Rome: readers’ tips, recommendations and travel advice
Not everyone is fortunate enough as to have a family relative who is a priest in Rome to be their guide. Our recommended guesthouse is the Cielo Vaticano (cielovaticanoguesthouse.com) . This gem only has four rooms, is inexpensive and welcoming. St Peter’s and the Vatican Museum are easy walking distance. It is an effortless amble to Ottaviano Station. Rome’s metro is convenient and easy to use.
Our advice is to see Rome by night – midnight and beyond. View the Basilica through the keyhole at the Piazza del Cavalieri, stroll around the fountains on the Piazza Navona (left) and finish at the Old Bridge Gelateria.
For a daytime trip, head up the Appian Way to Domino Quo Vadis to view Christ’s footsteps in marble and on to the Catacombs of St Sebastiano for an informative trip underground. At lunchtime we can recommend Pizzeria San Marco Via Sardegna and for evening fare with atmosphere Il Postiglione Via Aurelia. Both are inexpensive but of excellent quality.
Craig Findlater, from Hants, wins a wildlife trip to India
More advice from readers
Visiting the Colosseum can take ages due to long queues. To avoid these visit the Forum, and in there is a pay desk to a small site that is infrequently visited. However, a ticket for this site also gets you into the Colosseum, so you can sail past the queues and enter via the automatic ticket barrier.
E Trzebinski, Surrey
Last August my wife and I went back to Rome to celebrate our Ruby Wedding Anniversary. We recommend the Leonardo Express. The train only takes 30 minutes from Fiumicino Airport to Termini Railway Station. Exploring Rome is like peeling an onion – layers of history are superimposed. Nowhere is this clearer than in the ancient Basilica of San Clemente.
Tucked away in a side street 300 yards from the Colosseum, this little gem was a highlight of our visit. At street level you enter a 12th-century church. Excavating work, begun in the 19th century, uncovered a 4th-century church underneath. Deeper still is evidence of ancient Roman buildings, including a Temple of Mithras. Visitor information and access is wholly sensitive to the treasures and frescoes preserved there.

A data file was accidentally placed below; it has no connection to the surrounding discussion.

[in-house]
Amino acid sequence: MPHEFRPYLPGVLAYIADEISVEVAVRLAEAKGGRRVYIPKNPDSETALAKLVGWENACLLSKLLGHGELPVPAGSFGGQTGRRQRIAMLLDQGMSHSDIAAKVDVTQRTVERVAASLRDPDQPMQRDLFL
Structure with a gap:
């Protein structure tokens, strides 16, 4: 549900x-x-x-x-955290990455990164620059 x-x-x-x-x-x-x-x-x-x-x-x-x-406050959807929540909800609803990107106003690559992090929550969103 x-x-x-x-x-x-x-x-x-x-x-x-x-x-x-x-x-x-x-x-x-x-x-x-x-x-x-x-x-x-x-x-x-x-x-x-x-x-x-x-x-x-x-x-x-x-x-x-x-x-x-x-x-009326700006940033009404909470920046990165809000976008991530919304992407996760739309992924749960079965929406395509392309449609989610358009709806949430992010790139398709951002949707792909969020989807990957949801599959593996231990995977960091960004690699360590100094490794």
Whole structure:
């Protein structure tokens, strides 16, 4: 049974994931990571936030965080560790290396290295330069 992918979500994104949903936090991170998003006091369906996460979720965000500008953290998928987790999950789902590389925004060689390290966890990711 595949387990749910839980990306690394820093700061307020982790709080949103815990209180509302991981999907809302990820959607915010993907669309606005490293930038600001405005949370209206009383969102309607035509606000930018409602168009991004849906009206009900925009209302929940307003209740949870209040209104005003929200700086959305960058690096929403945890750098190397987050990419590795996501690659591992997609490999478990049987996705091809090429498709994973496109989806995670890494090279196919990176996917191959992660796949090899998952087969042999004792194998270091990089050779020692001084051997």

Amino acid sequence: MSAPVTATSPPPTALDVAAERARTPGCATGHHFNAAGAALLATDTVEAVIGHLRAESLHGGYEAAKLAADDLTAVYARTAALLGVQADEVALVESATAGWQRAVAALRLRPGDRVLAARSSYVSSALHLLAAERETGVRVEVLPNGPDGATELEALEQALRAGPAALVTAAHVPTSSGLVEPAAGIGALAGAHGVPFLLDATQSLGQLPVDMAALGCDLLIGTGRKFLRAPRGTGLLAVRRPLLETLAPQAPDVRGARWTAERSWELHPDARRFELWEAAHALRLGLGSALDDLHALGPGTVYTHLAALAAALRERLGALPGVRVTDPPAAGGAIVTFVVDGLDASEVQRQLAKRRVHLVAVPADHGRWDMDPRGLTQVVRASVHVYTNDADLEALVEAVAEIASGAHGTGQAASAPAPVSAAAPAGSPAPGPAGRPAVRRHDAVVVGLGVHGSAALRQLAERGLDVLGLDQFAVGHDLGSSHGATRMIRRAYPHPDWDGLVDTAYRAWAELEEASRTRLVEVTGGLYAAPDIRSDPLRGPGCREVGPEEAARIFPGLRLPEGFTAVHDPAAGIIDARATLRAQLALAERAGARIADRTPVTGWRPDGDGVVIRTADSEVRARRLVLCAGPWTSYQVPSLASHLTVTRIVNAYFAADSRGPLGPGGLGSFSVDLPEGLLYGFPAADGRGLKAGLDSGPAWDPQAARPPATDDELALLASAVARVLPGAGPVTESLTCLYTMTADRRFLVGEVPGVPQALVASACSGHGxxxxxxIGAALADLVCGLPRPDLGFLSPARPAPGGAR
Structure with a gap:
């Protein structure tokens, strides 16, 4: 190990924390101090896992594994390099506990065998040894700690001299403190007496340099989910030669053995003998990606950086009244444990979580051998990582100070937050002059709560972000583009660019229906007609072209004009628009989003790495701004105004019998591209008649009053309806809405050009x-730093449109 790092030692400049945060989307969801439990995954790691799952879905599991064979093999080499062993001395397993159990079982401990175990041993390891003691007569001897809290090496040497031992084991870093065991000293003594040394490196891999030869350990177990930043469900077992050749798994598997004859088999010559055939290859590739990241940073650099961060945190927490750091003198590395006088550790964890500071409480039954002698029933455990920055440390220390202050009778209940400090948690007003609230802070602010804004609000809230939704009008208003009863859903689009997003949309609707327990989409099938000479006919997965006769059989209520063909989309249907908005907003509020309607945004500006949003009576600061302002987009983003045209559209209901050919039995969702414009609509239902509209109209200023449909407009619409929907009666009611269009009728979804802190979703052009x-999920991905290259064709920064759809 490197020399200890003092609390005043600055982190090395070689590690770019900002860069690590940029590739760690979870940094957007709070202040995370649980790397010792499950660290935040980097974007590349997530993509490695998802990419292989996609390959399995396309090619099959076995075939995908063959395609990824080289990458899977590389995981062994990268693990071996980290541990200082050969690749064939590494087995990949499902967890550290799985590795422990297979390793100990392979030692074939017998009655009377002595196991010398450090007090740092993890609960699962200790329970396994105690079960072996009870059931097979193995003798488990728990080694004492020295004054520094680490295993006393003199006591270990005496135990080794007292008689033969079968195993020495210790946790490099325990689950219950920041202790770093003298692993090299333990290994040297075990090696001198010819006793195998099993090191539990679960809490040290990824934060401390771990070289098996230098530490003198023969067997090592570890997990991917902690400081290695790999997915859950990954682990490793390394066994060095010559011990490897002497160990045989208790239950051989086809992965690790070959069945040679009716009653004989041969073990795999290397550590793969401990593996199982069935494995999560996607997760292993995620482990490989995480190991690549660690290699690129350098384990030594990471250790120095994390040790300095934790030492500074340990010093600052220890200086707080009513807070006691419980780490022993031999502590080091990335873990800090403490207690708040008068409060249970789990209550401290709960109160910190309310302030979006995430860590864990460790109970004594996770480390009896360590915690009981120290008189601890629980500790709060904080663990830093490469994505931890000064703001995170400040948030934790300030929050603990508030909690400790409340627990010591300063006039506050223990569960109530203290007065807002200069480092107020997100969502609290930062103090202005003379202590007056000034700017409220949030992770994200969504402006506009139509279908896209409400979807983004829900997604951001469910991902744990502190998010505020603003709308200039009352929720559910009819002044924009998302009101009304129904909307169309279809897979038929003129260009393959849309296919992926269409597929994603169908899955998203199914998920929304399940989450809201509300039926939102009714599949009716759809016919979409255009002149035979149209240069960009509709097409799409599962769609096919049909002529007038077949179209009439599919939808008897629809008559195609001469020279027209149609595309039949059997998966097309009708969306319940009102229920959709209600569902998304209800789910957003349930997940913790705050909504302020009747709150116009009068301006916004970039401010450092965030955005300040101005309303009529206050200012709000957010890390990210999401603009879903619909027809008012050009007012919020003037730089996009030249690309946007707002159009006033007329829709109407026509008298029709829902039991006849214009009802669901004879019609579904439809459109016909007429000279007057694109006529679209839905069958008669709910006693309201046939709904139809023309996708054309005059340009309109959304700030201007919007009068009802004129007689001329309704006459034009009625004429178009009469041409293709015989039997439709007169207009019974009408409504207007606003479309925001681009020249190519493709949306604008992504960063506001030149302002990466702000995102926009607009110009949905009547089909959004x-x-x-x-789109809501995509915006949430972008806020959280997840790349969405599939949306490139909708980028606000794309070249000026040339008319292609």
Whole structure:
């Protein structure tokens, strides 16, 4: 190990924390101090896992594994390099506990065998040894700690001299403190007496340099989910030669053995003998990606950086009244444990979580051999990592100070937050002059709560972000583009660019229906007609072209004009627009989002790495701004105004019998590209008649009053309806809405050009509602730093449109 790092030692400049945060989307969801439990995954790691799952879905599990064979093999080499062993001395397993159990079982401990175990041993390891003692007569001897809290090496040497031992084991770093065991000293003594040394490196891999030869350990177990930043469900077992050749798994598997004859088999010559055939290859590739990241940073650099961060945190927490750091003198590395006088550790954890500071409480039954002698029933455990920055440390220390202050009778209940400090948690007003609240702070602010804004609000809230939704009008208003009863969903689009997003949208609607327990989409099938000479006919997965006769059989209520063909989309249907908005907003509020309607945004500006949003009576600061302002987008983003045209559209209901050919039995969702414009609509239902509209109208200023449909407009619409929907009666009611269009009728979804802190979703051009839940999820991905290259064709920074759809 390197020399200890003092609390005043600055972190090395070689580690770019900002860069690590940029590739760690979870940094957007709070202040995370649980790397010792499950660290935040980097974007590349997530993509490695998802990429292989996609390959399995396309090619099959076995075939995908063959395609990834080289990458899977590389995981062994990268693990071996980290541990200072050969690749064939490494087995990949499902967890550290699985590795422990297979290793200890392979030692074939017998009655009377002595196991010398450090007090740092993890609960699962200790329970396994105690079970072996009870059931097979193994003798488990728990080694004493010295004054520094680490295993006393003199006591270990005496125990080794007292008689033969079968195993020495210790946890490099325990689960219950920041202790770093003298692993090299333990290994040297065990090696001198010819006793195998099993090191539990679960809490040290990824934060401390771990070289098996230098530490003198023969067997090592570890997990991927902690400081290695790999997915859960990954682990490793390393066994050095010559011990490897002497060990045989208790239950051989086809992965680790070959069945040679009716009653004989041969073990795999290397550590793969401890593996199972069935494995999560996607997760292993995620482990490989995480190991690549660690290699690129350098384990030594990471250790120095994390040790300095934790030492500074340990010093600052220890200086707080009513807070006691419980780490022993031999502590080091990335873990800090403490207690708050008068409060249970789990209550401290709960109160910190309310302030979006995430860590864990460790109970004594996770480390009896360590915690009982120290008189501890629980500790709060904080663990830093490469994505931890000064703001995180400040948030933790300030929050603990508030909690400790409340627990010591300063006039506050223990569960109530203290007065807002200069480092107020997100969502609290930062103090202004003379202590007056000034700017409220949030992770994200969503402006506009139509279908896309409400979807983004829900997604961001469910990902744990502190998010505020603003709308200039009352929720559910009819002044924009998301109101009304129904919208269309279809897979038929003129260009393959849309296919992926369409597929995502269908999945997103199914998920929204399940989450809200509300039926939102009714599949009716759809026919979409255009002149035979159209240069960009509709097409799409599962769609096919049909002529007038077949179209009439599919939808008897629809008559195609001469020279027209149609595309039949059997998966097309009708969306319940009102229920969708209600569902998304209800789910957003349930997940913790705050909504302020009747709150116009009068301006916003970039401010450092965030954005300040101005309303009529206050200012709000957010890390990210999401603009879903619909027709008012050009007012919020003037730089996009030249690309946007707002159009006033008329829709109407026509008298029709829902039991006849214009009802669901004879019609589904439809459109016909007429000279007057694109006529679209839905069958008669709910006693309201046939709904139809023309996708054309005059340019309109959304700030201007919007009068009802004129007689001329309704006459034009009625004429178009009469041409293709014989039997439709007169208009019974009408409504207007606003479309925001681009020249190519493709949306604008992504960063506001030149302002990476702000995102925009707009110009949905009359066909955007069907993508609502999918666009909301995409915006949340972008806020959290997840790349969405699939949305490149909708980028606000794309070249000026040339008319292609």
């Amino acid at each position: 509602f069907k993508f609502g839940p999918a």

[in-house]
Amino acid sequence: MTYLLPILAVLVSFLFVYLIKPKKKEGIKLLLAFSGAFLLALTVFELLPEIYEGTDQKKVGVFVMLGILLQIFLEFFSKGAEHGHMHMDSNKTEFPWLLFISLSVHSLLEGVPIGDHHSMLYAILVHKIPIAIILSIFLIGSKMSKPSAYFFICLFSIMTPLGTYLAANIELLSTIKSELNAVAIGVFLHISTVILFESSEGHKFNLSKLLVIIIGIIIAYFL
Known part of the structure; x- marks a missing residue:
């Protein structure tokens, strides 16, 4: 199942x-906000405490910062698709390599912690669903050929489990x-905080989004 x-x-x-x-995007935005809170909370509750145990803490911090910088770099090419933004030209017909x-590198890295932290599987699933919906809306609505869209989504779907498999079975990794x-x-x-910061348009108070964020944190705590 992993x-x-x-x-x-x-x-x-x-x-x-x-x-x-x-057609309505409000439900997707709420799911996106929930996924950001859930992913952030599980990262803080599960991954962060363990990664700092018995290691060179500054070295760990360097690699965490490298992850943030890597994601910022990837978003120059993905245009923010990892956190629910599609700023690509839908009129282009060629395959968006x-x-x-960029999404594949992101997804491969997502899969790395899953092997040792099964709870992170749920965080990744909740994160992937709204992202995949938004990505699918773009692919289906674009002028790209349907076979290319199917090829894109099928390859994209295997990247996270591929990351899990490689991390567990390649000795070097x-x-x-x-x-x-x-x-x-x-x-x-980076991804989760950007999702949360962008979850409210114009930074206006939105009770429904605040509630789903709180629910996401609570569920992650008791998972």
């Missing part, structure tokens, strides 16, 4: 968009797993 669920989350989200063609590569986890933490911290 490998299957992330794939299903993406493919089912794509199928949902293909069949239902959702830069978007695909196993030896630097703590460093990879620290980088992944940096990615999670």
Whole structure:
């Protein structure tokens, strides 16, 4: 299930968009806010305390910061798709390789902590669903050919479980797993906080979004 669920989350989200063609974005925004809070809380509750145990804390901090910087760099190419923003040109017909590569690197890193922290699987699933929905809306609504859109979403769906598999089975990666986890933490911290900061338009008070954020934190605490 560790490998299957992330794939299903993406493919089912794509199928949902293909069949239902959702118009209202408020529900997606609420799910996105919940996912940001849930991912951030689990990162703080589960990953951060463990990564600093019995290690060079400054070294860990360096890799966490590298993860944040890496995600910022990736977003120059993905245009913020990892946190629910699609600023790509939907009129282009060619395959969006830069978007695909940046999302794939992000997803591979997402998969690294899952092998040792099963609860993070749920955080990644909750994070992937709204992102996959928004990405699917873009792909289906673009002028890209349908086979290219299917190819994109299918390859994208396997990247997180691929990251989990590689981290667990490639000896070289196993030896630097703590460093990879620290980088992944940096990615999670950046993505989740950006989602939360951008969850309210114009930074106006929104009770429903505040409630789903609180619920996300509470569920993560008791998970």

For lunch, we found bruschetta to die for at La Fraschetta – just off Piazza Navona, where all the restaurants were twice the price.
Christopher Scott, Cornwall
For the best view of the Forum, go up the little road next to the Capitoline Museums, past the Rock of Tarpeia; then go over to the Palatine, the hill where all the top families and the emperors lived.
On the other side of the main road are Trajan’s Markets, an amazingly modern-looking brick-built shopping complex, 2,000 years old, and you’ll probably be the only visitors there. Visit the lovely Galleria Doria Pamphili, usefully open on Mondays.
In Trastevere, the church of Santa Cecilia is beautiful, and has a Roman villa below it in which wedding ceremonies can be held. And to finish off, after a short train ride, Ostia Antica is a huge, fascinating site, as good as Pompeii, but without the crowds.
Elizabeth Mumford, East Sussex
It is 50 years since I was in Rome but the Palazzo Doria out of all the many things I saw took me back to a particular moment in history. It was not just the frighteningly intense portrait by Velázquez of Pope Innocent X with his unnervingly penetrating eyes, and other works in the wonderfully diverse collection, but the part that the palazzo has played in 20th-century history. The palazzo looks out on to a pocket-sized square and there,
on an upper floor, is a tiny balcony with a block of stone on the ground. This was where Mussolini once stood to harangue the crowds below.
William Garnermann, Co Armagh
Central Rome is relatively compact and accessible on foot. It is also quite hilly. Use the lie of the land by starting your sightseeing day at a high point and strolling downhill rather than embarking on an unplanned and exhausting route march.
A personal favourite is to start at the Galleria Borghese on Pinciano. Book a two-hour time slot at 9am or 11am. The art collection is breathtaking and the setting sublime. Then stroll through Giardini Borghese, pausing perhaps for a cappuccino and to enjoy the panoramic views of the city before dropping down to Piazza del Popolo.